Hui ā-whānau or family meetings allow the whānau or family to share their perspectives, and how they see any concerns being managed. Hui ā-whānau or family meetings provide the whānau or family with an opportunity to use their strengths to build safety around te tamaiti and address any concerns – either by themselves, with support from other professionals/agencies, or while a family group conference is convened to develop a future plan for te tamaiti and their whānau or family. Remember, the whānau or family does not have to agree that abuse has occurred, but they must be willing to work with a safety plan to ensure future harm does not occur.

If this phase of assessment does not identify any concerns for the safety of te tamaiti, then a safety plan is not needed. However, if a family group conference is required, but there is enough safety to keep te tamaiti at home until the conference is held, then a safety plan needs to be put in place. Use the safety plan template located under the Safety and Risk Screen in CYRAS to record the safety plan that has been developed with the whānau or family.

Protect and support the development of tamariki and rangatahi within healthy whānau and families

Safety and risk screen

Practice standard: Ensure safety and wellbeing

6 Analyse information and determine next steps

When discussions with te tamaiti, whānau or family and professionals have concluded and hui ā-whānau or family meetings have been held, we work with the whānau or family to determine next steps and formulate the outcome of this phase of the assessment. Analysis of the information gathered should lead to a judgement about:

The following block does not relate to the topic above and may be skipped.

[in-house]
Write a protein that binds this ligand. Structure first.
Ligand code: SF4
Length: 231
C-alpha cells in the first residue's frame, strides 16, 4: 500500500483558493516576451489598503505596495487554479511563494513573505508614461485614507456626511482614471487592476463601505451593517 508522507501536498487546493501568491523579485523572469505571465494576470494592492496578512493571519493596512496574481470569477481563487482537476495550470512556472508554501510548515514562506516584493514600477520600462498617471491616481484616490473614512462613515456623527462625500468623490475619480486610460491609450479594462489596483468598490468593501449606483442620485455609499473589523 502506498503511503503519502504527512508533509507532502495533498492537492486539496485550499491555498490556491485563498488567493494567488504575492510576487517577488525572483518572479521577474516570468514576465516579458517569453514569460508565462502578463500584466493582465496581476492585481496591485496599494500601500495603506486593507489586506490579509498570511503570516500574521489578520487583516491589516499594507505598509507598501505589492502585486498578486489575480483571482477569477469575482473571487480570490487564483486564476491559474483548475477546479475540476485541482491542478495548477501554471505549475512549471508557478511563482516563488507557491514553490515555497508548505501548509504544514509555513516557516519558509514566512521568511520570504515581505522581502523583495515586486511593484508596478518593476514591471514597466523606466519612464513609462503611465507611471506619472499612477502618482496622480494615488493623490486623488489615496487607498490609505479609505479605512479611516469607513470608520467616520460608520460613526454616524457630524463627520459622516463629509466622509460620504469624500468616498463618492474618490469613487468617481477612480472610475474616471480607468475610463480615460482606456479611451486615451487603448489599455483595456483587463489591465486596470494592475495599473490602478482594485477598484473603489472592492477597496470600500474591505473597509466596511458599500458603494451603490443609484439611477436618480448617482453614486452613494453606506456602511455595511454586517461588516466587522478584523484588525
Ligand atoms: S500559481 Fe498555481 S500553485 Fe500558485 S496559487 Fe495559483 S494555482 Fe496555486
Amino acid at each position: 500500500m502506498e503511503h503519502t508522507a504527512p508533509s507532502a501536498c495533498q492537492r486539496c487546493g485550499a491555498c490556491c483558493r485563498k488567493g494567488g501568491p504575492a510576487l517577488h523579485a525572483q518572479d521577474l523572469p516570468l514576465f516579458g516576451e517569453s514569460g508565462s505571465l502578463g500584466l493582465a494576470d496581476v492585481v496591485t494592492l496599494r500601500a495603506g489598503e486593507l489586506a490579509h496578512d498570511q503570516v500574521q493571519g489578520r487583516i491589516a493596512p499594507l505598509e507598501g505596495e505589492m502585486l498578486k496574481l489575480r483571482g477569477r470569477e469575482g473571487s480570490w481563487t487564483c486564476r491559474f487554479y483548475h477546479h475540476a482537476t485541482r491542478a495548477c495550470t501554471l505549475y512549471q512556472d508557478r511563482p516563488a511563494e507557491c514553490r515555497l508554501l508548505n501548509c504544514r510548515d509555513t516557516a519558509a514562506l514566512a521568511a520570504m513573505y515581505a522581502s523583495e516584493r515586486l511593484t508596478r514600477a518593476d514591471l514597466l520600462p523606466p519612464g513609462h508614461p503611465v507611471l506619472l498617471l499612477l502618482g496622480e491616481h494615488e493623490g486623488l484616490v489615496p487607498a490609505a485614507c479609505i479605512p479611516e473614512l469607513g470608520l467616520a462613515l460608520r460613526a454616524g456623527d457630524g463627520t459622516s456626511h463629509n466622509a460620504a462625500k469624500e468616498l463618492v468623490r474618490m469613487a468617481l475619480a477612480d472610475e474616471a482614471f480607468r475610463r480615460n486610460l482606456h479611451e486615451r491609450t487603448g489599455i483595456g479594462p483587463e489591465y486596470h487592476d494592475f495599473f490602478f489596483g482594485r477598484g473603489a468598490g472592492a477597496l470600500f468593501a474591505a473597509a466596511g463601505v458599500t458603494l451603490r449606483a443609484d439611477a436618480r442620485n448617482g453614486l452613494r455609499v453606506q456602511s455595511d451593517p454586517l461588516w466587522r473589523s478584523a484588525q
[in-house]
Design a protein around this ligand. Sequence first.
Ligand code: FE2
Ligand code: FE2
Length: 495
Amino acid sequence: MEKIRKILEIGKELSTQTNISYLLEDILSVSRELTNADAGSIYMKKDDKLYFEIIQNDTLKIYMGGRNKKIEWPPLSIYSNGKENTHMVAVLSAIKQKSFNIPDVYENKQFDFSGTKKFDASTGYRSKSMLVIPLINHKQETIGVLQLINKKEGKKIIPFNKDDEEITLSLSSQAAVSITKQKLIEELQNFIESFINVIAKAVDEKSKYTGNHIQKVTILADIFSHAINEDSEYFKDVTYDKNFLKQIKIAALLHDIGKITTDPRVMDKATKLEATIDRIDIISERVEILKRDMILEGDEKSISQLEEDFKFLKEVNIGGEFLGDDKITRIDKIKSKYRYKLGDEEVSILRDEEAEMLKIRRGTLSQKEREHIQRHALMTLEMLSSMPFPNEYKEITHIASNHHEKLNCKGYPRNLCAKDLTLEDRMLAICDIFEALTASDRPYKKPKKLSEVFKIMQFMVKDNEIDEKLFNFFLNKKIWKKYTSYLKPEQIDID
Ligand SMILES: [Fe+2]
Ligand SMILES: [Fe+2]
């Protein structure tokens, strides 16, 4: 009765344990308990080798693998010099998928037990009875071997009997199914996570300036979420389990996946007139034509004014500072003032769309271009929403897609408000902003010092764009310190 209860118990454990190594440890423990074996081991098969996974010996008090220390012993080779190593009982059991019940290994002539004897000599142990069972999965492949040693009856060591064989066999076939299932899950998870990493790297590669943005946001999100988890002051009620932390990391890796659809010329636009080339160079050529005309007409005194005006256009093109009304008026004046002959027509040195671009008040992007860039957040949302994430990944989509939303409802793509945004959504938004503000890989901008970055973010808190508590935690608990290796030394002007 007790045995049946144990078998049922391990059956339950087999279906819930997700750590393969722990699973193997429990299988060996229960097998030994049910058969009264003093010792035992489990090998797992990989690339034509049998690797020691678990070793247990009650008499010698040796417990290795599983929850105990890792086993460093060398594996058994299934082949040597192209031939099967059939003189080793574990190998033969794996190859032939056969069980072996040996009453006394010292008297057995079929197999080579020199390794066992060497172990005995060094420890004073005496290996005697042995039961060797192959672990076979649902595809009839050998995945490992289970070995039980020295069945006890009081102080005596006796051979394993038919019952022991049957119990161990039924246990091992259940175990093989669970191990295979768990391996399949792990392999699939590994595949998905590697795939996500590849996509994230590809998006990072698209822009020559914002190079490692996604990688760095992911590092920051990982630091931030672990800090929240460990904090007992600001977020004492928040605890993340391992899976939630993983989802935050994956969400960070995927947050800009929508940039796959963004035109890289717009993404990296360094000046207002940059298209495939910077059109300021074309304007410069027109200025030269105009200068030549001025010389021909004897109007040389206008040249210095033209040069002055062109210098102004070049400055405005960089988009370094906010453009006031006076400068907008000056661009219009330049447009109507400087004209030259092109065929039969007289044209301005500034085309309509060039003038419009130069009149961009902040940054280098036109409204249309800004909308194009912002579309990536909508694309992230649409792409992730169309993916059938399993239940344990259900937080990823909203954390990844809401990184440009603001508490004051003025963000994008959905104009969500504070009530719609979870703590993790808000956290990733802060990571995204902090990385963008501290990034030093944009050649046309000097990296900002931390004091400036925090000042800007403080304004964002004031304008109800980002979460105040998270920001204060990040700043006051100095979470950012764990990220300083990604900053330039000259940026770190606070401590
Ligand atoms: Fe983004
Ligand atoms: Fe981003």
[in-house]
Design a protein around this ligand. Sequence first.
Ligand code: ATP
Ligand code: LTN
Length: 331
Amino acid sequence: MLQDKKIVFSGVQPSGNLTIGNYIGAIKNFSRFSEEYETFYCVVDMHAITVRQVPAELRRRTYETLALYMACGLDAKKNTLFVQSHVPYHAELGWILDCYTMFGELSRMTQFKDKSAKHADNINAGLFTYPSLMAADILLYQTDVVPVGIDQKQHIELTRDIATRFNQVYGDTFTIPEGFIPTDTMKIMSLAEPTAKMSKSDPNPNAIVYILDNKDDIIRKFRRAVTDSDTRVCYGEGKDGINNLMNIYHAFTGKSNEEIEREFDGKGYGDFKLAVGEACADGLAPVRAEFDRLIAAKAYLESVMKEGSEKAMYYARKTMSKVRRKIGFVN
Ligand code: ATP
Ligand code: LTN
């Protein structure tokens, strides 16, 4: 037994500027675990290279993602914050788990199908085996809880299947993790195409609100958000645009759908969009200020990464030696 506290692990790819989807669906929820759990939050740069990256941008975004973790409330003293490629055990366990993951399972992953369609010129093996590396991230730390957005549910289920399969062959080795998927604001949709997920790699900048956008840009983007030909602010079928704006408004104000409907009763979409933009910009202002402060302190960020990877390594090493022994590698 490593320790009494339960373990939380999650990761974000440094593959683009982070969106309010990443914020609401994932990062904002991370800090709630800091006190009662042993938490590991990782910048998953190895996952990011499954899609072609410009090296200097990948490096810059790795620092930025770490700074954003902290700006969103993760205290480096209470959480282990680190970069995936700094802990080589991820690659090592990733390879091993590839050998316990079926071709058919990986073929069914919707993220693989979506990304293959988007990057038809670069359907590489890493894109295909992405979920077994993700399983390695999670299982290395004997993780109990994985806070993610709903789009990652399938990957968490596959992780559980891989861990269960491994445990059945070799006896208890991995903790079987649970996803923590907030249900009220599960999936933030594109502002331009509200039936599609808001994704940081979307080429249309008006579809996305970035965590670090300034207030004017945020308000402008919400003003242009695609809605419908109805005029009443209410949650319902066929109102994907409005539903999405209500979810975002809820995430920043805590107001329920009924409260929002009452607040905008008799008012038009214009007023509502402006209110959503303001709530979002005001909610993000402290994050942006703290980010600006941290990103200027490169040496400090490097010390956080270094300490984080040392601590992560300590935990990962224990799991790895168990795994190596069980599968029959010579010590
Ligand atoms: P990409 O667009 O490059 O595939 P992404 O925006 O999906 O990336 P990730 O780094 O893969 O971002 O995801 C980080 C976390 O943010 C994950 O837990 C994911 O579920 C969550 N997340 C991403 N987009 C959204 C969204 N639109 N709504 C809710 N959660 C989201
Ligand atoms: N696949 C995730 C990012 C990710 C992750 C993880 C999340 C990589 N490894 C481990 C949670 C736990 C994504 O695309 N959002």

• whether harm or abuse has occurred
  • the needs of te tamaiti
  • how well their parents, family, whānau, hapū and iwi are able to meet these needs within their current social context.

The options for the outcome of the core assessment phase are:

  • no further action (NFA)
  • refer to services
  • family group conference.

Making a finding of whether harm or abuse has occurred

Before we reach a finding of whether harm or abuse has occurred and determine the next steps, we need to be able to demonstrate that we have sought and considered all relevant information throughout our assessment. This includes the views of te tamaiti or rangatahi, their whānau or family, and professionals (including any other allocated Oranga Tamariki kaimahi).

Consider whether we should engage with the person who is alleged to have caused harm – consider whether they are someone significant in the life of te tamaiti or rangatahi and seek guidance around engaging with them from relevant policy and the Police if the Child Protection Protocol (CPP) applies.

All information needs to be considered in the context of what we may already know about te tamaiti or rangatahi and their whānau or family and take into account the context within which the concerns have been raised, including what we may know about the person alleged to have caused the harm.